Good to see Warwick Davis front and center. Does Disney think they have their answer to Game of Thrones and Lord of the Rings with this? It seems wacky to think so, but that's the part I like about it.

Mads Mikkelsen is the subject of a fat new profile at The Hollywood Reporter today. Naturally, the fact that Mikkelsen will be playing Indy's nemesis in next summer's fifth Indiana Jones wasn't likely to go unacknowledged, and while the actor can't reveal much, what he does say is likely to be what you want to hear:

His much-deserved break follows the actor working for 14 months on Beasts and his other upcoming big franchise project — the long-awaited Indiana Jones 5.

While he’s forbidden from discussing character or story details from the film (the rumor is that he plays, yes, the villain), Mikkelsen revealed the movie feels like a return to the franchise’s early 1980s roots.

“[Raiders of the Lost Ark] was one of my favorite films, and it just oozed that golden period of serials from the 1940s — and that’s in the fifth film as well,” he says. “They’re going heavily back to the first and second film and getting that original feel, the original Indy, something dense and epic.”

James Mangold (Ford v Ferrari) has taken over directing duties from Steven Spielberg, who remains on board as an executive producer. “It felt like a Spielberg film, though it’s obviously James making it with the same vision,” Mikkelsen says. Harrison Ford, who’s pushing 80, returns as the iconic adventurer.

Asked how Ford was holding up following reports that he injured his shoulder on set, Mikkelsen says he was impressed with his co-star’s physicality. “It was the first time I met him, and he’s an insanely powerful person,” he says. “Not just as an actor, but physically. I remember the first day we were shooting, it was a night shoot, then we stopped at 5 a.m. — and then he got on his mountain bike and went biking for 50 kilometers [31 miles]. Harrison is a monster of a man, a very nice monster.”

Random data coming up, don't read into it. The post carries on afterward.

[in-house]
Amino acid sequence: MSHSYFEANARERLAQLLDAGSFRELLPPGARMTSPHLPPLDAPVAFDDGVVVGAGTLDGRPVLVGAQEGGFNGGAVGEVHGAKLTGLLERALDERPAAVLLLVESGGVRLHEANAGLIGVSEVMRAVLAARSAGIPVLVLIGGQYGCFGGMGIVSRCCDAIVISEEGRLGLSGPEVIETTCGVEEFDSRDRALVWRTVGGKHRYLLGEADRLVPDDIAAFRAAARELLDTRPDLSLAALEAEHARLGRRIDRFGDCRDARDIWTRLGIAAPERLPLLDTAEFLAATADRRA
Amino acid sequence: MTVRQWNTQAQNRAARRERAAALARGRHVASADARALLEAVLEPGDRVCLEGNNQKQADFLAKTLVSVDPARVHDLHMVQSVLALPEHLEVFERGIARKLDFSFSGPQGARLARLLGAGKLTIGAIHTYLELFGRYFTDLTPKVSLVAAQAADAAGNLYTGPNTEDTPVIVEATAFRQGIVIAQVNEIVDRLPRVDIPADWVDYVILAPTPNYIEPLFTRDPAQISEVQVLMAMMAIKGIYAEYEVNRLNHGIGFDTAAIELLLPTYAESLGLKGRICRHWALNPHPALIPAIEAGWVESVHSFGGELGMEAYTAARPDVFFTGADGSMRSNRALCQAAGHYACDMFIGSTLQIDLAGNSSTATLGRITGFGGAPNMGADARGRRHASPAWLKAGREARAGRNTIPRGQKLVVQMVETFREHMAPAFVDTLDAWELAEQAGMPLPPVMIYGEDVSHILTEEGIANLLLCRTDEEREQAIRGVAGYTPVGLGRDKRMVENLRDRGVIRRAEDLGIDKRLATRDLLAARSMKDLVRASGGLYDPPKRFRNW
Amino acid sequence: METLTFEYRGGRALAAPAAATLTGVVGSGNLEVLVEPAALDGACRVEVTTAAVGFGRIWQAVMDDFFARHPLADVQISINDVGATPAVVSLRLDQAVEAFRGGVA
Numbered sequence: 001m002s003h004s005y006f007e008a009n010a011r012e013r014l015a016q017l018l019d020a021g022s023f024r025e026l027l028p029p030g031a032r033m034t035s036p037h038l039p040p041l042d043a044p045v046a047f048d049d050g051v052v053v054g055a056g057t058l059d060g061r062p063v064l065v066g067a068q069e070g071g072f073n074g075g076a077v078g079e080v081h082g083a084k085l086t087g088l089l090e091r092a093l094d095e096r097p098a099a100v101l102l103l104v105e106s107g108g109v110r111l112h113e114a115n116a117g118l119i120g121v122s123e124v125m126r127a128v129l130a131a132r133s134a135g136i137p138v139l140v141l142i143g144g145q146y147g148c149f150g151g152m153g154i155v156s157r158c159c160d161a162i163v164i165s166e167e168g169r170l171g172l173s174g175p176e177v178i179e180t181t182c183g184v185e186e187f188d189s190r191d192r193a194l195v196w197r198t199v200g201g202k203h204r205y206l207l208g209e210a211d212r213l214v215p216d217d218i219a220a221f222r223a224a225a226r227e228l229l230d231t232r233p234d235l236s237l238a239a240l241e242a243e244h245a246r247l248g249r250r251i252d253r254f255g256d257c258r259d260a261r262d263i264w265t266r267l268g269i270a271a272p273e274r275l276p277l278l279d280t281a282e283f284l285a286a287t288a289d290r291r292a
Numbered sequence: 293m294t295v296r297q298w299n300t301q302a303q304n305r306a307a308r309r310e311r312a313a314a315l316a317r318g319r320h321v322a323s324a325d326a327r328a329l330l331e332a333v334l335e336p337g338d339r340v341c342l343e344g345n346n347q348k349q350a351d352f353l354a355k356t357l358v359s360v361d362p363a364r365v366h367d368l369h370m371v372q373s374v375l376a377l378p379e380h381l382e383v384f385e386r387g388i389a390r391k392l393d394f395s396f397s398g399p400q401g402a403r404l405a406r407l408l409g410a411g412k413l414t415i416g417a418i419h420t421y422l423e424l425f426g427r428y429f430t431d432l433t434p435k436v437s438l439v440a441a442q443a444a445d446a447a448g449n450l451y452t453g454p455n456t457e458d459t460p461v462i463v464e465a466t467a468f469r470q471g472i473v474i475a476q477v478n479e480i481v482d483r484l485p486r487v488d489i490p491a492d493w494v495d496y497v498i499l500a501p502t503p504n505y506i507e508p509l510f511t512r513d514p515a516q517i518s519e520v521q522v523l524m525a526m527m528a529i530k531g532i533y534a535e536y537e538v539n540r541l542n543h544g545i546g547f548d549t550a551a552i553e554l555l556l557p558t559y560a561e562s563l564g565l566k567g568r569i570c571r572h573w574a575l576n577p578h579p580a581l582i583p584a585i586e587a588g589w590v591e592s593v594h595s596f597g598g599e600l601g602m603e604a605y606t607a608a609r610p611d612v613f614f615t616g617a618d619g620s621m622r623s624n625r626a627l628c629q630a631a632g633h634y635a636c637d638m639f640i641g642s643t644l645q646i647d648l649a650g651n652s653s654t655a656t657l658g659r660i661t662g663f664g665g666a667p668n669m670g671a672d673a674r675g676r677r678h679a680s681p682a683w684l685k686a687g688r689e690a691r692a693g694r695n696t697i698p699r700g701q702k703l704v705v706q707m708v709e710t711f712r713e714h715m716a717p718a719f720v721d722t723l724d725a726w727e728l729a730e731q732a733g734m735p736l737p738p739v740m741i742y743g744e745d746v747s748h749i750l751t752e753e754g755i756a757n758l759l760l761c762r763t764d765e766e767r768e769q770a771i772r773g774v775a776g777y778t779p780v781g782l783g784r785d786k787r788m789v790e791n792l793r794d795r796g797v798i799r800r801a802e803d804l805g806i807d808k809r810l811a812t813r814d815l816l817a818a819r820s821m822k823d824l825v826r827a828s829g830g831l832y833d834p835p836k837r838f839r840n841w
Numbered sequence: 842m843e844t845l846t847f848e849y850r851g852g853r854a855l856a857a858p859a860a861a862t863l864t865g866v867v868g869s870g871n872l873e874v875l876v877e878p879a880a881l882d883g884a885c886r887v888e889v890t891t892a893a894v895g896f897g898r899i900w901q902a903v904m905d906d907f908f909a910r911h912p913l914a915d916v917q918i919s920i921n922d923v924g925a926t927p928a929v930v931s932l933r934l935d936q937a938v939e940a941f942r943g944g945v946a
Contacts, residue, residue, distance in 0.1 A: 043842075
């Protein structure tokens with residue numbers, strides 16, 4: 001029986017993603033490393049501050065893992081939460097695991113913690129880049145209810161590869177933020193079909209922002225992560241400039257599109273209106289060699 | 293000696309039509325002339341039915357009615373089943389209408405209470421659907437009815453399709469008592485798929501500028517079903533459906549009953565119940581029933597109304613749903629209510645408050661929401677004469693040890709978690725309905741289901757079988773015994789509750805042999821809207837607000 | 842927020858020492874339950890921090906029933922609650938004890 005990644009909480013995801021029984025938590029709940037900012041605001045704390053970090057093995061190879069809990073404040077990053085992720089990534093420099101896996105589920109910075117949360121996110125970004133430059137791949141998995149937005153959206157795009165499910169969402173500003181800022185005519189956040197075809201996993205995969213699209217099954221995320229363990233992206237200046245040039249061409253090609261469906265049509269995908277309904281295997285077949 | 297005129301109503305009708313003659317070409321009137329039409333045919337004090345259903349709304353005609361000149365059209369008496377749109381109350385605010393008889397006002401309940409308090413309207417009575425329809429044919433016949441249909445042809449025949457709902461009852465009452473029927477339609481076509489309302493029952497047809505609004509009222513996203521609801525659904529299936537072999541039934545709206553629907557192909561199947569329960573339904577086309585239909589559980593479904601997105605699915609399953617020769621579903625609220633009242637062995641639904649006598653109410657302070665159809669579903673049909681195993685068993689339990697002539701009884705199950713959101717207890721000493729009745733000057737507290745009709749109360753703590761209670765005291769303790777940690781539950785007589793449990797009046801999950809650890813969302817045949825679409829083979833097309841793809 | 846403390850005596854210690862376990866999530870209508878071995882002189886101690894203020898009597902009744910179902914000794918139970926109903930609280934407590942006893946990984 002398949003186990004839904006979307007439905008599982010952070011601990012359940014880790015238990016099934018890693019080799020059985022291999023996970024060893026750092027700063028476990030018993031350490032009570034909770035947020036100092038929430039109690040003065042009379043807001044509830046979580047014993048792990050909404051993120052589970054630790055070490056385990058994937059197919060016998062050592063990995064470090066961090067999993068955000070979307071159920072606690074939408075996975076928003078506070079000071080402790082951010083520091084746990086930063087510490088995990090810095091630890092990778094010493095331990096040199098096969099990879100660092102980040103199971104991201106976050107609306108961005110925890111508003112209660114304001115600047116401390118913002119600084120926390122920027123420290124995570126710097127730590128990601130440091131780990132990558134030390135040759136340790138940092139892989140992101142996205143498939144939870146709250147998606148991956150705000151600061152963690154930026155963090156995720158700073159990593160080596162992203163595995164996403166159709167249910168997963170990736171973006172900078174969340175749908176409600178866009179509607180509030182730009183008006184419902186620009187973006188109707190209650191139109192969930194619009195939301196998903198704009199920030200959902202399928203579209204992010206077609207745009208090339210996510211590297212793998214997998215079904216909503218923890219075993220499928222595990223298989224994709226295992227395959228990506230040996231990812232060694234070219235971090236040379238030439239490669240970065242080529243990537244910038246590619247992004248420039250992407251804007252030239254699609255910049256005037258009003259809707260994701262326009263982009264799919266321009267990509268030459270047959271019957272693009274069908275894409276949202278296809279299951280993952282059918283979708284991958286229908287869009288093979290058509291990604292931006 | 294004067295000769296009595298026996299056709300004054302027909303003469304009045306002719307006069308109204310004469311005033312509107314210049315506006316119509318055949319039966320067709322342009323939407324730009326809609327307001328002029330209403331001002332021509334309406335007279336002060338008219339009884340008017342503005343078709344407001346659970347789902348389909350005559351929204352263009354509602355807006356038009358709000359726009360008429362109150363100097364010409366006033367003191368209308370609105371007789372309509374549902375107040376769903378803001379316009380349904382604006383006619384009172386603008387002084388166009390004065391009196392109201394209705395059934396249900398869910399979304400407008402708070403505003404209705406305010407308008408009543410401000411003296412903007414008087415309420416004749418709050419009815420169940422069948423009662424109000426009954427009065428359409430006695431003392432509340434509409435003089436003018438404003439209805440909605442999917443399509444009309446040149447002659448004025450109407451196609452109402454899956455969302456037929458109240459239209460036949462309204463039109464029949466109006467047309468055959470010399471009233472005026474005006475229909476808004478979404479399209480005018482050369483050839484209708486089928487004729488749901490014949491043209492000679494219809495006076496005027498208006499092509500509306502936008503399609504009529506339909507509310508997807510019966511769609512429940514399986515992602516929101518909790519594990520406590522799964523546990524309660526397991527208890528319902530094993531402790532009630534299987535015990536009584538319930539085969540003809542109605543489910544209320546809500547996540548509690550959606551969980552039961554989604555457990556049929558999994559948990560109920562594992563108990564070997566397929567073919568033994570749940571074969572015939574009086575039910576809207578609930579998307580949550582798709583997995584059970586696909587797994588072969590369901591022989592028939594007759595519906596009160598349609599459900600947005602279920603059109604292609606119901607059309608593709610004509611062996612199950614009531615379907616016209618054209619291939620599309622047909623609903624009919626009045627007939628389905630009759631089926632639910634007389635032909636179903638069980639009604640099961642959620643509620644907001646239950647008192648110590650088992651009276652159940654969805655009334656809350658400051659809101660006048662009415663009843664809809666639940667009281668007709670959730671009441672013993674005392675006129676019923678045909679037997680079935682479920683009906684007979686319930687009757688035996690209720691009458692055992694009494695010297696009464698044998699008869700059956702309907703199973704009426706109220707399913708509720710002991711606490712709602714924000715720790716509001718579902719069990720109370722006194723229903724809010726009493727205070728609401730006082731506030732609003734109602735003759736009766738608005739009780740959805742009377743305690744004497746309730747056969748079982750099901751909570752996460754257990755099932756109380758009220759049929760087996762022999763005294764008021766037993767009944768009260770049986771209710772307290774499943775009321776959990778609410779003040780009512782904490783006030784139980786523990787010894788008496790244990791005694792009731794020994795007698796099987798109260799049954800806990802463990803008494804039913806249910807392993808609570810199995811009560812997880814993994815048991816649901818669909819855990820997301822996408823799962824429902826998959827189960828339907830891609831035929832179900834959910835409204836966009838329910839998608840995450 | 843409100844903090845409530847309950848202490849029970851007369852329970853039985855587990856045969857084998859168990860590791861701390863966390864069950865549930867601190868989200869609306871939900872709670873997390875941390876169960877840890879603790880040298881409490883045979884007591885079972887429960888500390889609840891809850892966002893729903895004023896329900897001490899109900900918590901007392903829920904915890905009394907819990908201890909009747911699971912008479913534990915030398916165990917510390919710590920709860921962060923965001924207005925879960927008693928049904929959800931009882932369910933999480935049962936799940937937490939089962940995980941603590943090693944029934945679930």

Since the franchise is in such a throwback mood, and now that Lucasfilm is all buddy-buddy with adventure games again, maybe they can get to work on Indiana Jones 5: The Graphic Adventure? The 21st century needs its Indy Quotient put to the test. And really, what better things do Ron Gilbert and David Fox have to do right now?

You see what happens when the grown-ups at Lucasfilm aren't paying attention? Something unrelated to Star Wars gets through.

Word is making the rounds that principal photography on Indiana Jones 5 will wrap February 23rd.

Sure, that still leaves Harrison Ford plenty of time to kamikaze a golf course for kicks, necessitating his replacement by a digital sock puppet, and the release date remains the better part of 18 months away. But it's still a noteworthy milestone for a project that was looking as downright cancellable as an adventure game under Jim Ward on about four hundred different occasions throughout its fraught development.

So, congratulations to the crew on getting this thing safely in the can. Now it falls to the post-production team, but the news is good there, too: Insider buzz is that they’ve heard the feedback from the last installment and have vowed to redouble their efforts and make Mutt’s vine-swinging absolutely perfect this time out.

That most reliable of sources, the web, is contending that production on Indiana Jones 5 resumed this week from a holiday break for a final month of filming. There hasn’t been much leaked about the movie since it wrapped location shooting and moved exclusively to studio work at the hermetically-sealed Pinewood estate, but a casting rumor has recently emerged, and Mojo would be falling delinquent in its duties if it failed to accordingly service its readership’s legendary lust for gossip.

Anthony Ingruber, an actor who I’m told is oft-proposed as a Harrison Ford replacement by the sort of people who think that exercise is worthy of their time, is rumored to in fact be in the movie -- but not, the rumor holds, as a younger Indiana Jones.